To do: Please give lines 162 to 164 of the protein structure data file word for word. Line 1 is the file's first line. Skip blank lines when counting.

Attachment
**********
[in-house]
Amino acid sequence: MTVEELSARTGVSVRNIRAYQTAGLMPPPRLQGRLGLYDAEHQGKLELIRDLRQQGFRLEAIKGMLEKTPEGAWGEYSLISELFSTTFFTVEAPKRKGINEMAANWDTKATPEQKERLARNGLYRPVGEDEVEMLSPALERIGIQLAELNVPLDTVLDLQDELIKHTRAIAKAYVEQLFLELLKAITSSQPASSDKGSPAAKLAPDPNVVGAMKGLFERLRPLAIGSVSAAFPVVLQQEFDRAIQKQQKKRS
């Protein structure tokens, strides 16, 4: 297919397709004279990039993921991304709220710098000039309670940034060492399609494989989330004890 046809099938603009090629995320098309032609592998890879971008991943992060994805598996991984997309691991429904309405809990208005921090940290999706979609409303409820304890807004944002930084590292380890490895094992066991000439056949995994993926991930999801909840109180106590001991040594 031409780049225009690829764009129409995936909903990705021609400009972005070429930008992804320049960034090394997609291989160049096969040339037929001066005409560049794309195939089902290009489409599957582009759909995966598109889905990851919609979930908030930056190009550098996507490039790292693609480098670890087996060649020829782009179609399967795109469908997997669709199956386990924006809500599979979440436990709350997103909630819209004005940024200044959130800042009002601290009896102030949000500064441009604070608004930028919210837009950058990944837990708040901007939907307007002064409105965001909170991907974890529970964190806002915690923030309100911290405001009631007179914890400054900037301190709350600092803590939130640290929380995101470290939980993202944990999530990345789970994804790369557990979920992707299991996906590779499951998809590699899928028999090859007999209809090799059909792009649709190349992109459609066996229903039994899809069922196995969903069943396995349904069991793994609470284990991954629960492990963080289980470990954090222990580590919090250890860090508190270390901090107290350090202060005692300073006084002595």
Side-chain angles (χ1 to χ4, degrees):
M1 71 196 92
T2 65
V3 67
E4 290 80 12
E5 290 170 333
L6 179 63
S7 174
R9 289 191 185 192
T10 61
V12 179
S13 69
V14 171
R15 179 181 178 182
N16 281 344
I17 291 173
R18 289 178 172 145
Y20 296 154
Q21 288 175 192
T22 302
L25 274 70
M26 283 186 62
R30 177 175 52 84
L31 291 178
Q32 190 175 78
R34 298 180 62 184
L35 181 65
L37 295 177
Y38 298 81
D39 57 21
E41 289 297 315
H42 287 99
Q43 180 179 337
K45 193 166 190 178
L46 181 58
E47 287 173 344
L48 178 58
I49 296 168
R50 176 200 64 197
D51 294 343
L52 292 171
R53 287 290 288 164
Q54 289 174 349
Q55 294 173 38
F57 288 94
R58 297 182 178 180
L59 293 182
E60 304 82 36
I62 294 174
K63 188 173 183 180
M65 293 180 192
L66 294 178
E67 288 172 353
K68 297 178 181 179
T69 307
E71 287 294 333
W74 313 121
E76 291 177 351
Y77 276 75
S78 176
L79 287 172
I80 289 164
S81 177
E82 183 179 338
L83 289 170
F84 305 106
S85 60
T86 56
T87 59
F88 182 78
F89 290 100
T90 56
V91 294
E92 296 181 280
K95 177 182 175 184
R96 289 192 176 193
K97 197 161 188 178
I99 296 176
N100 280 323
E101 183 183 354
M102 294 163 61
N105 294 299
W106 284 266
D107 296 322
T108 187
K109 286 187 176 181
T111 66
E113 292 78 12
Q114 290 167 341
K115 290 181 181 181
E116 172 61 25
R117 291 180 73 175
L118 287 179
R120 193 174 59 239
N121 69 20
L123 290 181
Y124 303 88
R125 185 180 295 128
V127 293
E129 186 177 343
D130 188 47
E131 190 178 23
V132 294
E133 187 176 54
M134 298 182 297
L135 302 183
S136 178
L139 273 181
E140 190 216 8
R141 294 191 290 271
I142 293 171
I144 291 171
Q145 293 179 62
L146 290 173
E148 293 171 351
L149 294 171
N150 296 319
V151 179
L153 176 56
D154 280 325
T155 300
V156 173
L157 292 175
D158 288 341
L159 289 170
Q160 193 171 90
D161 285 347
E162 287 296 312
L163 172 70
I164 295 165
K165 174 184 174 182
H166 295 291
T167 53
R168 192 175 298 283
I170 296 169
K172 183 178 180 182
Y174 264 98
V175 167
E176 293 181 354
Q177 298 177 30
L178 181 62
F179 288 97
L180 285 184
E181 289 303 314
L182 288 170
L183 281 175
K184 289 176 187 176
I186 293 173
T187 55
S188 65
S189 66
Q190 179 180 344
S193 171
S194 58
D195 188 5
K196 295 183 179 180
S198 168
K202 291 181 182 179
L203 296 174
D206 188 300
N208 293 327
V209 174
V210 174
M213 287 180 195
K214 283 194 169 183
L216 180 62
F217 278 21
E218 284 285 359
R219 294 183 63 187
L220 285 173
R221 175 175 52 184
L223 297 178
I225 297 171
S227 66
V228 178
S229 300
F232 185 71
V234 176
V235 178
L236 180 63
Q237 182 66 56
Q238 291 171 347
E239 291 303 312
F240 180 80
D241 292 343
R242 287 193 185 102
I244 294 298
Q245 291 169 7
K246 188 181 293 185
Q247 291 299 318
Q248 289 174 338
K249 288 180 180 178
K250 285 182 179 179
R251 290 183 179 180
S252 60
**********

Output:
L203 296 174
D206 188 300
N208 293 327